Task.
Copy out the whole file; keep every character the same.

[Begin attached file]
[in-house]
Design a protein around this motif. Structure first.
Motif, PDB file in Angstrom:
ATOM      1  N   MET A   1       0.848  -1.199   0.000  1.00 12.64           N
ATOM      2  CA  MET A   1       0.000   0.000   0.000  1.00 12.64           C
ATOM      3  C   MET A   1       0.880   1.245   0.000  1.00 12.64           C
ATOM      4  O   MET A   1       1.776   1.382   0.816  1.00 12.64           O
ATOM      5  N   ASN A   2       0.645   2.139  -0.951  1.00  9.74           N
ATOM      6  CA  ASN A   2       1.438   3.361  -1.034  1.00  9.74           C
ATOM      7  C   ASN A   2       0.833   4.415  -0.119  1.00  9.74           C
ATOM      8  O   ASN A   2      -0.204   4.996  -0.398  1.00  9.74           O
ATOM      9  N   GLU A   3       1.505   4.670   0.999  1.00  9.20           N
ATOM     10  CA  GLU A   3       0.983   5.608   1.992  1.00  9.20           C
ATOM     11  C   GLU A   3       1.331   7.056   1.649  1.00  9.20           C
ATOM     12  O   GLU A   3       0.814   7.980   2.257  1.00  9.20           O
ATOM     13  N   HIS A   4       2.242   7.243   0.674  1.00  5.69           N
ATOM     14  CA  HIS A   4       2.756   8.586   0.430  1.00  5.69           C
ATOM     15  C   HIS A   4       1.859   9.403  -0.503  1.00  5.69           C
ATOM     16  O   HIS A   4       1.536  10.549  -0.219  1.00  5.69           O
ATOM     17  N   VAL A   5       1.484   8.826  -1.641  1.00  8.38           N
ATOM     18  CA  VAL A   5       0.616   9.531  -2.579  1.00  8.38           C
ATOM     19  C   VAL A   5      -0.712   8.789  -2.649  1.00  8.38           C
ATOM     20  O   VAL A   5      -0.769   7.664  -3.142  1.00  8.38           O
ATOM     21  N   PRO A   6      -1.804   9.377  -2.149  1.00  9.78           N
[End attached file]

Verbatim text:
[in-house]
Design a protein around this motif. Structure first.
Motif, PDB file in Angstrom:
ATOM      1  N   MET A   1       0.848  -1.199   0.000  1.00 12.64           N
ATOM      2  CA  MET A   1       0.000   0.000   0.000  1.00 12.64           C
ATOM      3  C   MET A   1       0.880   1.245   0.000  1.00 12.64           C
ATOM      4  O   MET A   1       1.776   1.382   0.816  1.00 12.64           O
ATOM      5  N   ASN A   2       0.645   2.139  -0.951  1.00  9.74           N
ATOM      6  CA  ASN A   2       1.438   3.361  -1.034  1.00  9.74           C
ATOM      7  C   ASN A   2       0.833   4.415  -0.119  1.00  9.74           C
ATOM      8  O   ASN A   2      -0.204   4.996  -0.398  1.00  9.74           O
ATOM      9  N   GLU A   3       1.505   4.670   0.999  1.00  9.20           N
ATOM     10  CA  GLU A   3       0.983   5.608   1.992  1.00  9.20           C
ATOM     11  C   GLU A   3       1.331   7.056   1.649  1.00  9.20           C
ATOM     12  O   GLU A   3       0.814   7.980   2.257  1.00  9.20           O
ATOM     13  N   HIS A   4       2.242   7.243   0.674  1.00  5.69           N
ATOM     14  CA  HIS A   4       2.756   8.586   0.430  1.00  5.69           C
ATOM     15  C   HIS A   4       1.859   9.403  -0.503  1.00  5.69           C
ATOM     16  O   HIS A   4       1.536  10.549  -0.219  1.00  5.69           O
ATOM     17  N   VAL A   5       1.484   8.826  -1.641  1.00  8.38           N
ATOM     18  CA  VAL A   5       0.616   9.531  -2.579  1.00  8.38           C
ATOM     19  C   VAL A   5      -0.712   8.789  -2.649  1.00  8.38           C
ATOM     20  O   VAL A   5      -0.769   7.664  -3.142  1.00  8.38           O
ATOM     21  N   PRO A   6      -1.804   9.377  -2.149  1.00  9.78           N